The Importance Of The Farm (Animal) First Aid Kit

Farm First Aid Kit

When we went out to do the evening feeding recently, we noticed that a Muscovy duck seemed to be limping as she came up the hill to the feeding area. Limping can indicate a relatively benign injury like a minor sprain or something more serious, like a bumble, so we caught the unhappy girl and took a closer look. What we found was unexpected, and a bit of a shock: her head and bill were bloody. We caught her and put her into a cage in the “infirmary” in the garage for treatment and observation. While you hope that none of your animals ever suffers an injury, in a setting where they free range with the threat of predators, it’s likely that an injury will occur at some point.

The duck was very unhappy, and she expressed it by flailing her unclipped wings and paddling her sharp-nailed feet – danger! Fortunately, we’re experienced in handling them, so she was safely relocated to a cage in the infirmary, where we could clean and treat her injuries…which turned out to look an awful lot like something had grabbed her head in its teeth, as she had two puncture wounds on each side of her head. While she was bloodied and undoubtedly sore, she would live to forage another day. Unfortunately, a laying hen was not so lucky later in the afternoon, when we found a large pile of feathers: the fox’s modus operandi, based on past losses here.

The injured Muscovy’s wounds were gently cleaned with warm water and then sprayed with Vetericyn Plus Wound & Skin Care, a non-antibiotic spray that we’ve found to be a very effective first line of defense against infection (and it promotes wound healing). This is one of the core pieces of our farm first aid kit, and it has helped serious wounds heal completely.

Other useful items we’ve included in our kit are:

  • Vetrap: a brand of elastic bandaging with many applications – useful for wrapping injuries like bumblefoot, treating splay leg in hatchlings, and angel wing in young waterfowl
  • Triple antibiotic ointment without pain reliever
  • Various sizes of gauze pads
  • Tools: forceps, EMT shears, tweezers, scalpels, dental pick set (including sickle probe, for teasing off the black scab present with many bumblefoot infections)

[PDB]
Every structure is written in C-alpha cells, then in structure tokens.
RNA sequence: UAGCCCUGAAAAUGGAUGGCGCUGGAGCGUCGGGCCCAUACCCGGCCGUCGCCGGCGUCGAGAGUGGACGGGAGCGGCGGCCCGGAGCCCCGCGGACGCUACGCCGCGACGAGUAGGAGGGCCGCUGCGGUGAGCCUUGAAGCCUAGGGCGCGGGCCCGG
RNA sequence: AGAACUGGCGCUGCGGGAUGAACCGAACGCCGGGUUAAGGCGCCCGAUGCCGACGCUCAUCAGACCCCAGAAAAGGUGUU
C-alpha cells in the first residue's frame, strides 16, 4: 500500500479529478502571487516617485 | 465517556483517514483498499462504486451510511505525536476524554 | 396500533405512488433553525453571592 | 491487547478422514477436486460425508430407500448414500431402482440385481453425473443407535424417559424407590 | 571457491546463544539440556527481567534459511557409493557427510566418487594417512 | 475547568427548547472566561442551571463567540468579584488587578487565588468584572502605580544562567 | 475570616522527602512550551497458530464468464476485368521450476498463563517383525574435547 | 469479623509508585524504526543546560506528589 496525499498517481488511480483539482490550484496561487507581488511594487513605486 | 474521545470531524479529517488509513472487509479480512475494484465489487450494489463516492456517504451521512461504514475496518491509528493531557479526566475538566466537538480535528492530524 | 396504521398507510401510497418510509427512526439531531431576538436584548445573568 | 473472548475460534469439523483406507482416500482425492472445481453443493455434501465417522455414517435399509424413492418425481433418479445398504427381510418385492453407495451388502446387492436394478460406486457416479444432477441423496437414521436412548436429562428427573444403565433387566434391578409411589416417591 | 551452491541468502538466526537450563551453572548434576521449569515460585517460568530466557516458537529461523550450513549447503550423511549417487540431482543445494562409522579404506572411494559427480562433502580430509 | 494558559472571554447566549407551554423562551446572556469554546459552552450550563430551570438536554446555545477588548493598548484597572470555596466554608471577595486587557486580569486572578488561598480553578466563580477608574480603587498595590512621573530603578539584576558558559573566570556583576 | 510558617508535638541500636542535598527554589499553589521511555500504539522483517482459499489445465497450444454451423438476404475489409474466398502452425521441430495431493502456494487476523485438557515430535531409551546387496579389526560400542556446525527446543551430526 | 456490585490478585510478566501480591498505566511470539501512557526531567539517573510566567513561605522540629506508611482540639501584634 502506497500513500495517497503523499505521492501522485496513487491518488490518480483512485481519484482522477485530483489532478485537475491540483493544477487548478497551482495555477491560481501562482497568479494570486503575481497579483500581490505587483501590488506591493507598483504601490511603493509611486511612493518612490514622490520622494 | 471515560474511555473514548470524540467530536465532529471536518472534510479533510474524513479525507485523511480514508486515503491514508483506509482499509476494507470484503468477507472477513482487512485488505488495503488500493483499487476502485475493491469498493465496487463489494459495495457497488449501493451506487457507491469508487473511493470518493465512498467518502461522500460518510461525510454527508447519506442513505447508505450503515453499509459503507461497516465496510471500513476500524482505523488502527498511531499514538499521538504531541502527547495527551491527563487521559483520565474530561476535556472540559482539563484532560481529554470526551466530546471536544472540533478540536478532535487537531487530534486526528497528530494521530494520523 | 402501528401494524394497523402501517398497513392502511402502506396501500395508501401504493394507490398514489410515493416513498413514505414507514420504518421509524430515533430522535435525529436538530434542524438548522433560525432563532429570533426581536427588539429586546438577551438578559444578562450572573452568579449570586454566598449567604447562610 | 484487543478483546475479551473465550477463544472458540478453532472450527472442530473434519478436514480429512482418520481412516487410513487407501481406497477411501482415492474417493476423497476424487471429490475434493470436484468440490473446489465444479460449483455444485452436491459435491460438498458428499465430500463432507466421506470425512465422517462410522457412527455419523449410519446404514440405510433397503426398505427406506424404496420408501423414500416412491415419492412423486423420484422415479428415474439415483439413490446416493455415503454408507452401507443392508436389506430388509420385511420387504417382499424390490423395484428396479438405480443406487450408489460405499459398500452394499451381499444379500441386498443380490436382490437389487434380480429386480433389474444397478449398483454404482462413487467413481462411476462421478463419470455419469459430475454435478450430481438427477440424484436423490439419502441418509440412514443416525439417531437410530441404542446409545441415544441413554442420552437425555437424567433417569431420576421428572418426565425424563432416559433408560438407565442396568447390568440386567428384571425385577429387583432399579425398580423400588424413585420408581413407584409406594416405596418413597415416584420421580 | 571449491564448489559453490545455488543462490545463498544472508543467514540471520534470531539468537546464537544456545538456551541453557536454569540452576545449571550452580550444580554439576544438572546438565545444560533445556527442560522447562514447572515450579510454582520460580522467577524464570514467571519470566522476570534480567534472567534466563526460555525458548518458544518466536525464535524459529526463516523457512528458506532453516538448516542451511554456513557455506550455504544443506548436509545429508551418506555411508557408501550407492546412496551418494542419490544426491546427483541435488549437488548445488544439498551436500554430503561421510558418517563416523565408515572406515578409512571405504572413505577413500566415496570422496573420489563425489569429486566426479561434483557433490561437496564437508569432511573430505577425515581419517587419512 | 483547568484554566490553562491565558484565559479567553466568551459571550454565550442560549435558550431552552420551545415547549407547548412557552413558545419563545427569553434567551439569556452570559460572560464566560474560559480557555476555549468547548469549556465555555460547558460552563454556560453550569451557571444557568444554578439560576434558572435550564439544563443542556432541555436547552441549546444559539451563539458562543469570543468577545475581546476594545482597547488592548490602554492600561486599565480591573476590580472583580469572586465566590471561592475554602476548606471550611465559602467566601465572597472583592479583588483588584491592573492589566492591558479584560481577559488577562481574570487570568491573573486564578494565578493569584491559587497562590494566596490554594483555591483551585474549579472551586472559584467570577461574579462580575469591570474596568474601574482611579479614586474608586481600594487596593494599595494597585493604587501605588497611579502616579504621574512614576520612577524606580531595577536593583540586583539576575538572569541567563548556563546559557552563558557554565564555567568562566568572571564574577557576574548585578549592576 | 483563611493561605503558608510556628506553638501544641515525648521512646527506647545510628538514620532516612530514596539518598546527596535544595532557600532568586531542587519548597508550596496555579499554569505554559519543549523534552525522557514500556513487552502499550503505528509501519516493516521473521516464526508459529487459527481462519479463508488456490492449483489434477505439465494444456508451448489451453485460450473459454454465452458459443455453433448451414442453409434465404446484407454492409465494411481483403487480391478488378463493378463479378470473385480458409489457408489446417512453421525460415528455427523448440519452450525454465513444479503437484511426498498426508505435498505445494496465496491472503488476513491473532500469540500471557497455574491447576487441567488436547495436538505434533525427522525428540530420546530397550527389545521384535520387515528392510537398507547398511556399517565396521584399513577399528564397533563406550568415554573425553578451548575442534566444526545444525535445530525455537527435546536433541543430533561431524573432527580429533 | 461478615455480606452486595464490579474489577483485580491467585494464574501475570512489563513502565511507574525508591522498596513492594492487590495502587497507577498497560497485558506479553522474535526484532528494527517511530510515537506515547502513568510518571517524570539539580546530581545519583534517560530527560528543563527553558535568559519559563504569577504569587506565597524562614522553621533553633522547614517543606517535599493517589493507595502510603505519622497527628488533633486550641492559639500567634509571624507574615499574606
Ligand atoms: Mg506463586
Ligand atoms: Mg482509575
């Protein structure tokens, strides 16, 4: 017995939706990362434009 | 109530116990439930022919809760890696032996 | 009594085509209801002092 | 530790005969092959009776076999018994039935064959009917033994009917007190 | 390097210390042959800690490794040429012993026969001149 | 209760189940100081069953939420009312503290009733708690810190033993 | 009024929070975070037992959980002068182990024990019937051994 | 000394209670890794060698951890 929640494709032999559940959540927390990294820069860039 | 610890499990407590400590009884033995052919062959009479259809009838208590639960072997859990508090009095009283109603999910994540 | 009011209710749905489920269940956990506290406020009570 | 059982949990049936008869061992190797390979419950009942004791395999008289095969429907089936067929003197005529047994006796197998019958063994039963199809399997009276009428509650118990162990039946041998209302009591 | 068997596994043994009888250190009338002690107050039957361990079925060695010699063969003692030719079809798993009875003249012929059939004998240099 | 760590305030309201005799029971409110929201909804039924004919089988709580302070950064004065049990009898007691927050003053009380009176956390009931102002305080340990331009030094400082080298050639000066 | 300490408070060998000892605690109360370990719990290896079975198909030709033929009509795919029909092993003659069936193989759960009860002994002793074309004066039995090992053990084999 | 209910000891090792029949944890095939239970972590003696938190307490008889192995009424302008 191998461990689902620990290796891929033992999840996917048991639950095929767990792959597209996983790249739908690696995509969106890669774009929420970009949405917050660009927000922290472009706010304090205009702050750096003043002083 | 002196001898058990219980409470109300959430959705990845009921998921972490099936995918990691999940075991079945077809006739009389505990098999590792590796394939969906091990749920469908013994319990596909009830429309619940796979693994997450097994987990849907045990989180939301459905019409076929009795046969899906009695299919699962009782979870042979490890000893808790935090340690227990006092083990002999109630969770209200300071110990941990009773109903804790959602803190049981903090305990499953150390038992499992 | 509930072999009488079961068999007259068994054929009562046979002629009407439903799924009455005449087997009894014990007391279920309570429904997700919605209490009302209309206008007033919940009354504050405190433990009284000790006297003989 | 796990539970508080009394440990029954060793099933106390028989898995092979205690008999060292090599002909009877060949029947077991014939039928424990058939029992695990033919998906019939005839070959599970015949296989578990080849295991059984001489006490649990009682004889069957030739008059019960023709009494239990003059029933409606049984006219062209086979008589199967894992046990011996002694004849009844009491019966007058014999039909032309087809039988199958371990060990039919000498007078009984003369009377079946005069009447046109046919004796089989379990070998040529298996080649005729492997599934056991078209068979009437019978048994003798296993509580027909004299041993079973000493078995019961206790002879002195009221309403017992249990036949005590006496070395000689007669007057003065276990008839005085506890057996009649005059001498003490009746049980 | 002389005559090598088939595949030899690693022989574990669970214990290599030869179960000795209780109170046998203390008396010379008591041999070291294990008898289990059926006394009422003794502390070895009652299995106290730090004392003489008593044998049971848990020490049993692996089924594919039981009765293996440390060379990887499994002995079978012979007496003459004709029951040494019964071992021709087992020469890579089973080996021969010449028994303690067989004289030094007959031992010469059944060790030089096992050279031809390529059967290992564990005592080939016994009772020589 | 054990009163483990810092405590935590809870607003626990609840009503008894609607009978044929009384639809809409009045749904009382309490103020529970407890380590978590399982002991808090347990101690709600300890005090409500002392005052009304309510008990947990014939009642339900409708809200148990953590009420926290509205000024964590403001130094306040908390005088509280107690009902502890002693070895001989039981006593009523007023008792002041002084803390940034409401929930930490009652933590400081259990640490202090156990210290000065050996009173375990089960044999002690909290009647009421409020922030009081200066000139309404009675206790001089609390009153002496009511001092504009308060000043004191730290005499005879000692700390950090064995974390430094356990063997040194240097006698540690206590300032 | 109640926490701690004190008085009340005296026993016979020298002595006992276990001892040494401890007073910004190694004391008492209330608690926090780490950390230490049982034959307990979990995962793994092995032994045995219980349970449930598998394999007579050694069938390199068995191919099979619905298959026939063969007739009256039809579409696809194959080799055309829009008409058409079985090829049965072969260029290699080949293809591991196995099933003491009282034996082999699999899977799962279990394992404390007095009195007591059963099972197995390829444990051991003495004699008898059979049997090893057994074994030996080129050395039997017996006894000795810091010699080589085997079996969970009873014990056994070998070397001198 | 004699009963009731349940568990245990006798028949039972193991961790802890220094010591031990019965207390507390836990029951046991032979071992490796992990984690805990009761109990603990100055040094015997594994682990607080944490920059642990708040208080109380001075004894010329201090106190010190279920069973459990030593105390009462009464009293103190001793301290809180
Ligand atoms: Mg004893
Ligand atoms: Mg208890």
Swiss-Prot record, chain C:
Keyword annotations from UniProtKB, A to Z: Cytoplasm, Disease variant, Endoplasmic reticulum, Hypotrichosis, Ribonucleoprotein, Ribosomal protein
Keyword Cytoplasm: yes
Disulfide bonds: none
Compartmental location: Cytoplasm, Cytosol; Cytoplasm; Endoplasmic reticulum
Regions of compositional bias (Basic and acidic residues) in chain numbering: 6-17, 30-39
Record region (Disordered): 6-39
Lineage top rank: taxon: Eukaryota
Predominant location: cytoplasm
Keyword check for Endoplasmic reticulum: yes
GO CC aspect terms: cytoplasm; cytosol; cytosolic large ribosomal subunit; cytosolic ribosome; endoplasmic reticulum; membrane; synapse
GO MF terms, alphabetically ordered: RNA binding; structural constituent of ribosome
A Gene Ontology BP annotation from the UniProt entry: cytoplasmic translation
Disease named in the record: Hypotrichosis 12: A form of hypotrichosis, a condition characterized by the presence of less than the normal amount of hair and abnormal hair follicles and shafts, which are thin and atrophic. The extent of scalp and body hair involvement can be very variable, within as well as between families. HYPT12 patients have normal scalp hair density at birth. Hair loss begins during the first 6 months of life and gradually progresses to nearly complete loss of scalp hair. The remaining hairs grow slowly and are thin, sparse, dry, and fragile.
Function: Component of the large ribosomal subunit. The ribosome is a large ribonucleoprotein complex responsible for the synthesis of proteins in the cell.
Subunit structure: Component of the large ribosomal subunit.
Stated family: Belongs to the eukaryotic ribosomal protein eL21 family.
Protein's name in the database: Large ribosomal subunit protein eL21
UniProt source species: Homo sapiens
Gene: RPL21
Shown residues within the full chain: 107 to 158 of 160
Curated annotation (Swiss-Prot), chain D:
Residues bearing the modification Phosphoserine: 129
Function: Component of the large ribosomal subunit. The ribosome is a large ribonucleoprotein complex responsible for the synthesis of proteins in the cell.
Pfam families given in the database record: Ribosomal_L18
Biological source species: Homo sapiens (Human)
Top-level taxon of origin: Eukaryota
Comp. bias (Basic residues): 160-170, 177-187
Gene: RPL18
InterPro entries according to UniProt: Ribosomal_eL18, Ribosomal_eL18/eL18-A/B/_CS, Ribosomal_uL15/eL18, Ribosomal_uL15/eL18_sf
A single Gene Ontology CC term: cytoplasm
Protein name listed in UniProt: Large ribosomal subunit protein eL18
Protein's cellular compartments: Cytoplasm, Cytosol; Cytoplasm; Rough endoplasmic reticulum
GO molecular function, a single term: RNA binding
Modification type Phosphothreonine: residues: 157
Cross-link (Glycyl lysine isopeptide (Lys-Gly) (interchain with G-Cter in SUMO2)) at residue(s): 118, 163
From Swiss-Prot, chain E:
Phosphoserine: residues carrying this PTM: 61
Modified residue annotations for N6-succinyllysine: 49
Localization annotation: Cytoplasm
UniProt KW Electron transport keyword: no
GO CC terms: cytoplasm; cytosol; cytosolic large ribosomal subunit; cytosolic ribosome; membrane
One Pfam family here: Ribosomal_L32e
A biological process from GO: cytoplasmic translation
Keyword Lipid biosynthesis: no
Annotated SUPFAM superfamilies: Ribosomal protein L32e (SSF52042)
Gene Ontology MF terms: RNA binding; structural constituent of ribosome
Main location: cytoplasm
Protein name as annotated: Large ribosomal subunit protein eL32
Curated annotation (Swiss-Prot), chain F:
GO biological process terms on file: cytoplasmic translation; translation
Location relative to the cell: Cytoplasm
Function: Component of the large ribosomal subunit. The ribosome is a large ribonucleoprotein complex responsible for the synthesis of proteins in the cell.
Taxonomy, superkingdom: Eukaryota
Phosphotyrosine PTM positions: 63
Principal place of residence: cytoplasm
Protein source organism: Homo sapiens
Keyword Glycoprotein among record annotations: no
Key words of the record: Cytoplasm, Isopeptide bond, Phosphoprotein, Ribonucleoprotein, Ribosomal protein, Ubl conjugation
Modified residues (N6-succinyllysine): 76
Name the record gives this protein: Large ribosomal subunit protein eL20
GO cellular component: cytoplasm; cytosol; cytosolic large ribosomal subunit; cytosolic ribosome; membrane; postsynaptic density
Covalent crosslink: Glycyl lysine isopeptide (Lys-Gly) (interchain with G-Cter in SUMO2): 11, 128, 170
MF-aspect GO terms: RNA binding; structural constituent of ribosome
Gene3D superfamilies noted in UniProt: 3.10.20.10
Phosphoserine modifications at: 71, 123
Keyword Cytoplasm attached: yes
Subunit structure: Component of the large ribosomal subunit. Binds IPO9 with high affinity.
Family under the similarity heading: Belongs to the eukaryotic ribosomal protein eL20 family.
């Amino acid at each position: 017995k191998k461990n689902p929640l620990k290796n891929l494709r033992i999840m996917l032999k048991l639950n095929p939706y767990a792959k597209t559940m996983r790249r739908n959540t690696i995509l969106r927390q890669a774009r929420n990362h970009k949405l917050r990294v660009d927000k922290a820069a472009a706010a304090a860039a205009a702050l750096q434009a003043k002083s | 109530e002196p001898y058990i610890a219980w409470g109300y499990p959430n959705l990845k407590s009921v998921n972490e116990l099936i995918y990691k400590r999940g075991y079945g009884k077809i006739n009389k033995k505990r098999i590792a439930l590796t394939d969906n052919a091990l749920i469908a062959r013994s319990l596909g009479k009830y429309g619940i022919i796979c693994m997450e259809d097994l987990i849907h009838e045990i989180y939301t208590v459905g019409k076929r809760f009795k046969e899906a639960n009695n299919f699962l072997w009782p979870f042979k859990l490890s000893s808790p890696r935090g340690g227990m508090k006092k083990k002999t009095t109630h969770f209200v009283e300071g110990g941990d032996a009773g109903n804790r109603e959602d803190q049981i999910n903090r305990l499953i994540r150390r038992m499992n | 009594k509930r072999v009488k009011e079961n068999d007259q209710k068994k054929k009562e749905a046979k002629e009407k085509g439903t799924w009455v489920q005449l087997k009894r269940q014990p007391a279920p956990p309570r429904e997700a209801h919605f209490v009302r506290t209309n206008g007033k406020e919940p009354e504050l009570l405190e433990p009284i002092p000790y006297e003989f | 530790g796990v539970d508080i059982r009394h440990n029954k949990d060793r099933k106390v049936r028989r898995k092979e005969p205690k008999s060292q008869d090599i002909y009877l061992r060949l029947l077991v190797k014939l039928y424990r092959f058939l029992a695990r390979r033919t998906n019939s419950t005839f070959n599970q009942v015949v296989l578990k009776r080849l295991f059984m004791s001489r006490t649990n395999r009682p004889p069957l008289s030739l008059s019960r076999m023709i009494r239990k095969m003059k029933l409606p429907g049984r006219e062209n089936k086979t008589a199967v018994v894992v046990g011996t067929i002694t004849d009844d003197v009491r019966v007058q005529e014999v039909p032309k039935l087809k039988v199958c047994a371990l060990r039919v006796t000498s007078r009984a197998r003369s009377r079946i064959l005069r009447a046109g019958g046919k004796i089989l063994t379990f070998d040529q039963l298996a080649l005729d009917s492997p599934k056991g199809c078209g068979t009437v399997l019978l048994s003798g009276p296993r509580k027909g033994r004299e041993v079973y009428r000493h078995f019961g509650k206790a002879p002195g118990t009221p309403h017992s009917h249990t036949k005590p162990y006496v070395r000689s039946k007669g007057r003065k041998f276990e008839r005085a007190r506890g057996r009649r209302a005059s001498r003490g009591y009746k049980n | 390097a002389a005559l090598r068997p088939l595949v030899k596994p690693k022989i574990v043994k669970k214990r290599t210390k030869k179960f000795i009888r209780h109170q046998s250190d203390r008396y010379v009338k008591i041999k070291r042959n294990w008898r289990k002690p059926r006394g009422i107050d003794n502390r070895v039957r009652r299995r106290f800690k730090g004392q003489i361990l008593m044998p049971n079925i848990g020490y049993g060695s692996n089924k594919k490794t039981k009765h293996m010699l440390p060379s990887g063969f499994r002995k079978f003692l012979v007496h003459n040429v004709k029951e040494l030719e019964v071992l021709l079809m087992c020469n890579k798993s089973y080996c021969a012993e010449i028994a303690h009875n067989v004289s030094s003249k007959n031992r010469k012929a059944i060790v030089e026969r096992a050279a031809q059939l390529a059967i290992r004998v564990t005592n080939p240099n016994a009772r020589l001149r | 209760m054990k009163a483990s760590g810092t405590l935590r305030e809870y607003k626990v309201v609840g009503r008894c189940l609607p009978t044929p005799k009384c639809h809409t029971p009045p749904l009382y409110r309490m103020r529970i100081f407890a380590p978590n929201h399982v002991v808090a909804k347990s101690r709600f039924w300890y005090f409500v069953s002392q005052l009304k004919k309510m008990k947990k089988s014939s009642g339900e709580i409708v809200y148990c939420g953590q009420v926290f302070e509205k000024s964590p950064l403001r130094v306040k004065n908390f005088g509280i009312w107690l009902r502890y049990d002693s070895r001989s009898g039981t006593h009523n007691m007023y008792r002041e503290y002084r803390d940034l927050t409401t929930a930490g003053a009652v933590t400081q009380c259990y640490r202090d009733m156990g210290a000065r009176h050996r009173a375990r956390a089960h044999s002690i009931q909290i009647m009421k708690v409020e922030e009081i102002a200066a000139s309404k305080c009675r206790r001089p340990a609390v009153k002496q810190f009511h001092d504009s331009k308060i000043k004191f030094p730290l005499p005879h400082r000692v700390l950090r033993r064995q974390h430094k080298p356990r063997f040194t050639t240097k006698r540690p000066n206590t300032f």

• Clear iodine: very effective for treating bumblefoot
  • Epsom salts: used in bumblefoot treatment, as well as to help flush out toxins and to treating egg binding (via bath)
  • Cotton-tipped swabs
  • Vetericyn Plus Ophthalmic Gel: for eye irritations and minor injuries
  • Terramycin Ophthalmic Ointment: for serious eye issues including infection
  • CORID: amprolium, used for treating coccidiosis (this is not an antibiotic – it’s a thiamine antagonist)
  • Poultry Nutri-Drench: a fast-acting nutrient solution that is helpful for weak hatchlings and injured birds as a quick energy source

If you don’t already have one, a large animal crate or kennel is very helpful to have on hand in case an ill or injured animal needs to be separated from the flock for its own safety. We find that you simply can’t have too many crates, so we have them in various sizes – and they’ve all been put to use at some point. People often sell them on Craigslist or similar forums, so you may potentially be able to pick one up at a significant savings over new…just be sure to clean and sanitize it well if it’s used.

When treating an injured animal, we typically deploy “step therapy”, starting with the less-powerful (but still effective) treatments, and moving to antibiotics only as a last resort, or if the injury is serious. Be sure that you administer the medications that are appropriate to the type of animal you’re treating, too. In addition, keeping your animals healthy will help ensure that if they are injured, they have the best chance of making a full recovery.

Finally, knowing your resources will help you be prepared if the unthinkable happens; one resource I’ve consulted repeatedly (and contributed to) is BackYard Chickens. This is an online community of fowl people who ask and answer questions (including about illnesses and injuries), as well as provide valuable educational material (see Learning Center) If you have fowl, BYC will be useful to you…check it out.

Our unhappy duck was able to rejoin her friends a couple of days after being brought into the infirmary, to our relief! Muscovies have many ways of displaying their displeasure, including projectile pooping with frightening accuracy.

Do you have a farm animal first aid kit? We’d love to hear from you in the comments!

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